Latest in Surveillance: Snowden NSA Controversy

Surveillance: Snowden NSA Controversy

Why President Obama Won't, and Shouldn't, Pardon Snowden

A “pardon Snowden” campaign was launched Wednesday, in conjunction with the Snowden film. Snowden himself made the “moral case” case for why he should be pardoned, and Tim Edgar made a much more powerful case. I remain unconvinced. I don’t think the President will, or should, pardon Snowden.

Surveillance: Snowden NSA Controversy

House Intelligence Committee Releases Snowden Report Summary

The House Permanent Select Committee on Intelligence voted unanimously on Thursday afternoon to approve a report on Edward Snowden finding that he "did tremendous damage" to U.S. national security. The executive summary of the report is unclassified and is available here and below; the full report is 36 pages and is classified.

Surveillance: Snowden NSA Controversy

Why Obama Should Pardon Edward Snowden

I have signed on to the letter asking President Obama to pardon Edward Snowden that was released today. I know this will be an unpopular position among many of my former colleagues in the national security community. My reasons for doing so are not fully captured by that letter. They are different from those who see Snowden simply as a hero and the NSA as the villain.

Surveillance: Snowden NSA Controversy

Three Years Later: How Snowden Helped the U.S. Intelligence Community

Three years ago today, The Guardian published the first story based on the huge archive of documents that that Edward Snowden stole from the National Security Agency while working as an NSA contractor. Then-Attorney General Holder’s Justice Department quickly charged Snowden with felonies for theft of government property and mishandling classified information.

Surveillance: Snowden NSA Controversy

Geof Stone on the NSA

"Geof Stone is a prominent civil liberties expert and advocate who is a member of the National Advisory Council of the American Civil Liberties Union [and a Professor at the University of Chicago Law School]. . . . After [Edward] Snowden's revelations and subsequent deep concern over government surveillance, President Obama appointed Stone a member of a special review group on Intelligence and Communications Technologies.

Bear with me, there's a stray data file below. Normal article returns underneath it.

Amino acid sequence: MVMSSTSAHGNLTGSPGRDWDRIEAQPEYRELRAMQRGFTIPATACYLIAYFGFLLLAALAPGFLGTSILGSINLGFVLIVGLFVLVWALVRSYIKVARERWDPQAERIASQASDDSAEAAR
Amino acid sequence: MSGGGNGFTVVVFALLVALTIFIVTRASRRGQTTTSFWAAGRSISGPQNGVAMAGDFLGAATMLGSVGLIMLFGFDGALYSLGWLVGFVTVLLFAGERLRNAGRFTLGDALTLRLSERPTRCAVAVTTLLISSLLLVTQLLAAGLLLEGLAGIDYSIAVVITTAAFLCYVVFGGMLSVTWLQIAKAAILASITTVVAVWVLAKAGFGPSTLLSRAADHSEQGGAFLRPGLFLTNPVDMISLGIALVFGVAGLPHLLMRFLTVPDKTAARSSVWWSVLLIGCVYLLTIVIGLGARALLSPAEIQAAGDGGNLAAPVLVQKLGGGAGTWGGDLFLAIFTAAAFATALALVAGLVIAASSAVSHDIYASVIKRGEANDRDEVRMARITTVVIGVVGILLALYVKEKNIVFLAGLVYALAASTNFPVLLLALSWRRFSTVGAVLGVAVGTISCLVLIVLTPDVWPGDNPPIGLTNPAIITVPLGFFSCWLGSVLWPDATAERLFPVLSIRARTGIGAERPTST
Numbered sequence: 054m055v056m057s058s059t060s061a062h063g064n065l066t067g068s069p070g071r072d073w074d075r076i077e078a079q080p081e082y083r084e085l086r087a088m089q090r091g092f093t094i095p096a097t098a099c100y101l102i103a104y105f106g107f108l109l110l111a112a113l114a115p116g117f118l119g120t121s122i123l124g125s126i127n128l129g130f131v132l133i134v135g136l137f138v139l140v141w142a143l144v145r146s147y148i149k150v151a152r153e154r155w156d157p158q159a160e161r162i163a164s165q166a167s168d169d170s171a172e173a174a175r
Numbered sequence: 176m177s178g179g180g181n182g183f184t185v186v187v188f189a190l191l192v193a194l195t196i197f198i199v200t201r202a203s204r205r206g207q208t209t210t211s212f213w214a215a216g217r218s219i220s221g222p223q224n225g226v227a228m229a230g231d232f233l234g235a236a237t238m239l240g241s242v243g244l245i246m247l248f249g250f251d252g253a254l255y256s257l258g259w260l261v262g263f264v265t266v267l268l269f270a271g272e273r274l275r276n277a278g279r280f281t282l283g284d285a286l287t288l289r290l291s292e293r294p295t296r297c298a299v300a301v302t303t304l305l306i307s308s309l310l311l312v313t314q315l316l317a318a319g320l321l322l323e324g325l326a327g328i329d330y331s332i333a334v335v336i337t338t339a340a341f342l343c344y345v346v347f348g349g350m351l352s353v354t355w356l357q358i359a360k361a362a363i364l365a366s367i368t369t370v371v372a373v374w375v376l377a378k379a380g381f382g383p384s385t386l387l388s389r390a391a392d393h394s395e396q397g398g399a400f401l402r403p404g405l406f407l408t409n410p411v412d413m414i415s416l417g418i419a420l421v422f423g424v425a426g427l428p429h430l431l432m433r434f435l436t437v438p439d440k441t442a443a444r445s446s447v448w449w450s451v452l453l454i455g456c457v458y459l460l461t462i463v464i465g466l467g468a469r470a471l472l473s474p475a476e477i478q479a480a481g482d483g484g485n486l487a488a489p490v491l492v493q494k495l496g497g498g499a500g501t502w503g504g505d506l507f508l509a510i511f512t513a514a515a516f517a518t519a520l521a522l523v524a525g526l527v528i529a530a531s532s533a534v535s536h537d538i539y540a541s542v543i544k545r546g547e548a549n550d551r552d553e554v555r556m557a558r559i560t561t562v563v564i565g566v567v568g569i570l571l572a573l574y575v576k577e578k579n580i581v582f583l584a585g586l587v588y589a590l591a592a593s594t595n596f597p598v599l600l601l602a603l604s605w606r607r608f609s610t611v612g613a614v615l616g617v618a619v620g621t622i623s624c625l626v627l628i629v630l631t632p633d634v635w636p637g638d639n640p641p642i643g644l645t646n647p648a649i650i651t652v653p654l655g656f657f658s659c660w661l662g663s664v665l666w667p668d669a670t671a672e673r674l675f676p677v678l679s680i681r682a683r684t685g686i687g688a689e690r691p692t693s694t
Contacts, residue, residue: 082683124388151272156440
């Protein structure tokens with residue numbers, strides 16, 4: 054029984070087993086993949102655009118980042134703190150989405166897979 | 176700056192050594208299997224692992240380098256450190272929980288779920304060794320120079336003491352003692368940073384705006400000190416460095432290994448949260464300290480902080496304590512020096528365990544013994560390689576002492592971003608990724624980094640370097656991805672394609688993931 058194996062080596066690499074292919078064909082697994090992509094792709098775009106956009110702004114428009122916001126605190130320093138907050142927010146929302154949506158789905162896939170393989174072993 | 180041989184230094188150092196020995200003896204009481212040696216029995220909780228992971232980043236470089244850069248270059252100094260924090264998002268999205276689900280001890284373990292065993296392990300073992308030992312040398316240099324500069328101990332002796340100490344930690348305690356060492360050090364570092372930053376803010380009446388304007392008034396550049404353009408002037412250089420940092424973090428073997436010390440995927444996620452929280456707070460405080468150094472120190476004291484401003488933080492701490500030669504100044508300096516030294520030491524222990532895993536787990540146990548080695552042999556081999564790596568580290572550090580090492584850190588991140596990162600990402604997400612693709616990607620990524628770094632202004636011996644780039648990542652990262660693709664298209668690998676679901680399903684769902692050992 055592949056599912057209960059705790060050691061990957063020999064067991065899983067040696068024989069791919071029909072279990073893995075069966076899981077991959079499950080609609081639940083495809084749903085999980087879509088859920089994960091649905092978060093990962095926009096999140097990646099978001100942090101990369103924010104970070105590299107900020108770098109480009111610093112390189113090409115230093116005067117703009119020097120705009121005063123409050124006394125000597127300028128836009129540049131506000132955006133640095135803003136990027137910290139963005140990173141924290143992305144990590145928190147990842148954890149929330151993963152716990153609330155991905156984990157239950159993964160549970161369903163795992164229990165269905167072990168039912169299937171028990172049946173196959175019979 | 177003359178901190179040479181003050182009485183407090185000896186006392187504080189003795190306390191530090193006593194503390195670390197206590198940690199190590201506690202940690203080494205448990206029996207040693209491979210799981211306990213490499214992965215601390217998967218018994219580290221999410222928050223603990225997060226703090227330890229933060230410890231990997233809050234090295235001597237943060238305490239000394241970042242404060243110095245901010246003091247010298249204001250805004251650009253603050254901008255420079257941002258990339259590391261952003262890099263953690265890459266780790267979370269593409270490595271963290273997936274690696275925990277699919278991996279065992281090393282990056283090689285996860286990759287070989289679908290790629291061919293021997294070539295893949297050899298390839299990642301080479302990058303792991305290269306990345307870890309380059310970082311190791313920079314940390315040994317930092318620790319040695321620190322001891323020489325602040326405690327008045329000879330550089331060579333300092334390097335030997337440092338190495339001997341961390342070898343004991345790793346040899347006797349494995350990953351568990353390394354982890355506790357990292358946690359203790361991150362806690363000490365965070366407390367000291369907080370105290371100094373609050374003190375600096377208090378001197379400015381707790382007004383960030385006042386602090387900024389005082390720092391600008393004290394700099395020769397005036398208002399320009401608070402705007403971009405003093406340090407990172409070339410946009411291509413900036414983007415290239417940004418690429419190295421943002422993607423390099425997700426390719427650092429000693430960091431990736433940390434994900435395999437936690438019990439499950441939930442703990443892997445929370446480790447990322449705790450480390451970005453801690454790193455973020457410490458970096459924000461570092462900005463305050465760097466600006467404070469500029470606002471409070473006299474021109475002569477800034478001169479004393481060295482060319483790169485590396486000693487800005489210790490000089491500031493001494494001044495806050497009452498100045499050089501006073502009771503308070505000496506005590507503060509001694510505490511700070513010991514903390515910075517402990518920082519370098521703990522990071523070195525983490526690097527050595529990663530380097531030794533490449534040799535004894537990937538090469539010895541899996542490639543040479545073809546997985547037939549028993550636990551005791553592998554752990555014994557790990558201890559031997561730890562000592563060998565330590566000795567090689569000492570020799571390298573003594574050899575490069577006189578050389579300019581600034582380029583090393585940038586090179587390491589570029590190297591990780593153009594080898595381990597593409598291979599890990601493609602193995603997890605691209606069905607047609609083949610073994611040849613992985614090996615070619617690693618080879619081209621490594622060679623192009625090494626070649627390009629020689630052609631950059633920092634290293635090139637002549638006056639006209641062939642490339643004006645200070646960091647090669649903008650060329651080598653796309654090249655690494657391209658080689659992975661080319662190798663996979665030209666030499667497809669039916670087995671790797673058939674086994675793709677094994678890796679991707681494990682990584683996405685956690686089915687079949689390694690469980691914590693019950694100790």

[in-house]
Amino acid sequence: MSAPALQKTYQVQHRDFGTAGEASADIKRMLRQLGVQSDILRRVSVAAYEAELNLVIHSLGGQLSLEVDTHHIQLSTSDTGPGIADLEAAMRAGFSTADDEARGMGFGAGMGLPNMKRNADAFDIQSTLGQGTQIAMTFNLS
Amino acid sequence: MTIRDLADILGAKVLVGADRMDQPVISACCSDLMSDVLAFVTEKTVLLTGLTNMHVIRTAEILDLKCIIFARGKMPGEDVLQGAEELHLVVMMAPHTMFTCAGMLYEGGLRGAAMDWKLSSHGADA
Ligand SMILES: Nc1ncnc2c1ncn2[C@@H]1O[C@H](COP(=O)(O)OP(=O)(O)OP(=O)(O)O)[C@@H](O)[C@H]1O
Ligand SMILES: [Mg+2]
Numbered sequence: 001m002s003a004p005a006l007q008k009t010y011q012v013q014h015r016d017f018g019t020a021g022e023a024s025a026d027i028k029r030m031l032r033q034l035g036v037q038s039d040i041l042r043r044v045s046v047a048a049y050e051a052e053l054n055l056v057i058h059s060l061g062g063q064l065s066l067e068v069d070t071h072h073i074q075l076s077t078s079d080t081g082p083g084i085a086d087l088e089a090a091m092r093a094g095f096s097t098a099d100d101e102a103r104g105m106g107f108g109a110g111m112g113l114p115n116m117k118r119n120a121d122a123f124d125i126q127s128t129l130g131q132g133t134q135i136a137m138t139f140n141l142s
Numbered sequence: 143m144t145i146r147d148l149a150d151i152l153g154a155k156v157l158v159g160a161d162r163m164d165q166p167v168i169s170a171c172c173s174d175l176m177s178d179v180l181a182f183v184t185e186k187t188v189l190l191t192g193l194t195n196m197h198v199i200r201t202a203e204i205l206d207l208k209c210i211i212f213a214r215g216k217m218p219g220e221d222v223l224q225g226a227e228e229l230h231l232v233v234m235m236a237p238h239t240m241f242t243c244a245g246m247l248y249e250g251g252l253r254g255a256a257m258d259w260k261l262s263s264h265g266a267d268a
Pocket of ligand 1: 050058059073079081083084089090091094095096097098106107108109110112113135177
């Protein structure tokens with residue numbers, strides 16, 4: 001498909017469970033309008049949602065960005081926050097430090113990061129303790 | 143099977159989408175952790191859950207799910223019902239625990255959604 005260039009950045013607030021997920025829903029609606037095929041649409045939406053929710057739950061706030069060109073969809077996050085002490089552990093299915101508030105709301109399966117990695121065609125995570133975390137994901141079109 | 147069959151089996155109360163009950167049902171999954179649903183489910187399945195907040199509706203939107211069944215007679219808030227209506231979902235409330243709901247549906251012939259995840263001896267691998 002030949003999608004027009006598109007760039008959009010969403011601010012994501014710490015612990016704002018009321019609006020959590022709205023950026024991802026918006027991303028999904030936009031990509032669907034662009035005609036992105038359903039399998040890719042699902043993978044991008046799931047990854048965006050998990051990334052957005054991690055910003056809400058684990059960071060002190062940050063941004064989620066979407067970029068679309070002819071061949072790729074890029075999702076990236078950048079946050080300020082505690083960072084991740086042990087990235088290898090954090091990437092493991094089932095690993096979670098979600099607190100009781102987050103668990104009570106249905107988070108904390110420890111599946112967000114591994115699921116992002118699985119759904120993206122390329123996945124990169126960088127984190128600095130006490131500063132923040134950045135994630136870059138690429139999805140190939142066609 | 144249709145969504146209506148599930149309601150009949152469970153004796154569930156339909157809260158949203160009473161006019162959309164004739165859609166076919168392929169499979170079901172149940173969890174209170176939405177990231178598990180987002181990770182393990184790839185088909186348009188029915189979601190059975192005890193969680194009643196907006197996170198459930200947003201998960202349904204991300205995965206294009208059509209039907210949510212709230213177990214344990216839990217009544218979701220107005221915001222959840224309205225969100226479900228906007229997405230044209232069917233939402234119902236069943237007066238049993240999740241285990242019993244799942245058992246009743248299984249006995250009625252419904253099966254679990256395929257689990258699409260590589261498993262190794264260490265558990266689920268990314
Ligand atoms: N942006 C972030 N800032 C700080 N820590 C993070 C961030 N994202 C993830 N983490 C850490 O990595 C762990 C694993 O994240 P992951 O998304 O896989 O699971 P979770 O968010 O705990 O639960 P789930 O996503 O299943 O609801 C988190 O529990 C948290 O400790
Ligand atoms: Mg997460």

Aegis Paper Series

Beyond Privacy & Security: The Role of the Telecommunications Industry in Electronic Surveillance

The court fight between Apple and FBI over access to a terrorist iPhone is just the latest chapter in the long-running tension between security professionals trying to get access to information and communications companies who hold user data. The debate is often framed as a balance between government power and individual privacy. Frequently overlooked is the critical role of the communications companies, who as physical and legal gatekeepers regulate government access to private information.

Privacy

EU Commission Press Release on New EU-US Privacy Shield

U.S. and European Union data-regulators today reached a new legal framework that will govern the transfer of data across the Atlantic. The new agreement—called the E.U.-U.S. Privacy Shield—will replace the Safe Harbor agreement that was struck down by the European high court in October. That ruling, largely informed by news reports regarding U.S. surveillance practices, claimed that the United States did not adequately protect the privacy of Europeans. Even so, European and American negotiators appeared positive today that the new agreement will withstand court scrutiny.

Internet Metadata Collection

Bulk NSA Internet Program Shows the Complete Incoherence of Surveillance Law

The NSA ended its program involving bulk collection of Internet metadata inside the United States in 2011. This Internet metadata program was the genesis of the legal theory that authorizes bulk collection under the Foreign Intelligence Surveillance Act. Its demise has always been a bit mysterious, and the government has only ever said that it determined the program was no longer sufficiently valuable to justify it.

Safe Harbor

Final Thoughts on Reforming Surveillance and European Privacy Rules

Although it is a close call, the decision of the Court of Justice of the European Union (CJEU) in Schrems v. Data Protection Commissioner may turn out to be the most important consequence of the Snowden revelations. The CJEU invoked fears of NSA surveillance to strike down the safe harbor agreement that makes it easy for American companies to transfer personal information of Europeans to the United States.

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